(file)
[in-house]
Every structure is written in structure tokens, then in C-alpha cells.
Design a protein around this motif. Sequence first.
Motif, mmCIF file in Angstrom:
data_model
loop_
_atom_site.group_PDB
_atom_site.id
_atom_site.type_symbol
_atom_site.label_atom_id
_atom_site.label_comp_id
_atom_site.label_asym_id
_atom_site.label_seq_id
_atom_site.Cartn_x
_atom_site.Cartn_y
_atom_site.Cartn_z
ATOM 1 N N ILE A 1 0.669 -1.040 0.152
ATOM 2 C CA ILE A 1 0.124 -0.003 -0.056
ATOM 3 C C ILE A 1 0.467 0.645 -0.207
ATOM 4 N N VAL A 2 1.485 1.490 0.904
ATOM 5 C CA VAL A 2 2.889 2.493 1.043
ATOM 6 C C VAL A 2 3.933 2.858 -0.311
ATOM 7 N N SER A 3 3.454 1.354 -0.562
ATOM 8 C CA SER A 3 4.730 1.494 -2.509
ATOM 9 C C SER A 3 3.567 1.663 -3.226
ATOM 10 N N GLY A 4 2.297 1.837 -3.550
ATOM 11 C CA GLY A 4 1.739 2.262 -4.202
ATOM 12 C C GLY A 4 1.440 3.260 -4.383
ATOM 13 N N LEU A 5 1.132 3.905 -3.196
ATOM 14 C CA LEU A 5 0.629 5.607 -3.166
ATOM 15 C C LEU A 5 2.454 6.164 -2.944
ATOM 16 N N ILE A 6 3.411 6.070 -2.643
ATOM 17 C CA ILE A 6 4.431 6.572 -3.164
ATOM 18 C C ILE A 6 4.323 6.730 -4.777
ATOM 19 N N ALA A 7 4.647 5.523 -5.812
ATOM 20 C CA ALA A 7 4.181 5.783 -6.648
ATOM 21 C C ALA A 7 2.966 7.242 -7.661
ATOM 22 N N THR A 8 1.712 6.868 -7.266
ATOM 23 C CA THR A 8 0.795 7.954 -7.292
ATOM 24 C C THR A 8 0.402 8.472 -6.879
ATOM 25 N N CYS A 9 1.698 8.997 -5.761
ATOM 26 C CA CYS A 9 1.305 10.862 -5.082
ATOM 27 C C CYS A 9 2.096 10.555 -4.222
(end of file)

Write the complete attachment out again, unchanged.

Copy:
[in-house]
Every structure is written in structure tokens, then in C-alpha cells.
Design a protein around this motif. Sequence first.
Motif, mmCIF file in Angstrom:
data_model
loop_
_atom_site.group_PDB
_atom_site.id
_atom_site.type_symbol
_atom_site.label_atom_id
_atom_site.label_comp_id
_atom_site.label_asym_id
_atom_site.label_seq_id
_atom_site.Cartn_x
_atom_site.Cartn_y
_atom_site.Cartn_z
ATOM 1 N N ILE A 1 0.669 -1.040 0.152
ATOM 2 C CA ILE A 1 0.124 -0.003 -0.056
ATOM 3 C C ILE A 1 0.467 0.645 -0.207
ATOM 4 N N VAL A 2 1.485 1.490 0.904
ATOM 5 C CA VAL A 2 2.889 2.493 1.043
ATOM 6 C C VAL A 2 3.933 2.858 -0.311
ATOM 7 N N SER A 3 3.454 1.354 -0.562
ATOM 8 C CA SER A 3 4.730 1.494 -2.509
ATOM 9 C C SER A 3 3.567 1.663 -3.226
ATOM 10 N N GLY A 4 2.297 1.837 -3.550
ATOM 11 C CA GLY A 4 1.739 2.262 -4.202
ATOM 12 C C GLY A 4 1.440 3.260 -4.383
ATOM 13 N N LEU A 5 1.132 3.905 -3.196
ATOM 14 C CA LEU A 5 0.629 5.607 -3.166
ATOM 15 C C LEU A 5 2.454 6.164 -2.944
ATOM 16 N N ILE A 6 3.411 6.070 -2.643
ATOM 17 C CA ILE A 6 4.431 6.572 -3.164
ATOM 18 C C ILE A 6 4.323 6.730 -4.777
ATOM 19 N N ALA A 7 4.647 5.523 -5.812
ATOM 20 C CA ALA A 7 4.181 5.783 -6.648
ATOM 21 C C ALA A 7 2.966 7.242 -7.661
ATOM 22 N N THR A 8 1.712 6.868 -7.266
ATOM 23 C CA THR A 8 0.795 7.954 -7.292
ATOM 24 C C THR A 8 0.402 8.472 -6.879
ATOM 25 N N CYS A 9 1.698 8.997 -5.761
ATOM 26 C CA CYS A 9 1.305 10.862 -5.082
ATOM 27 C C CYS A 9 2.096 10.555 -4.222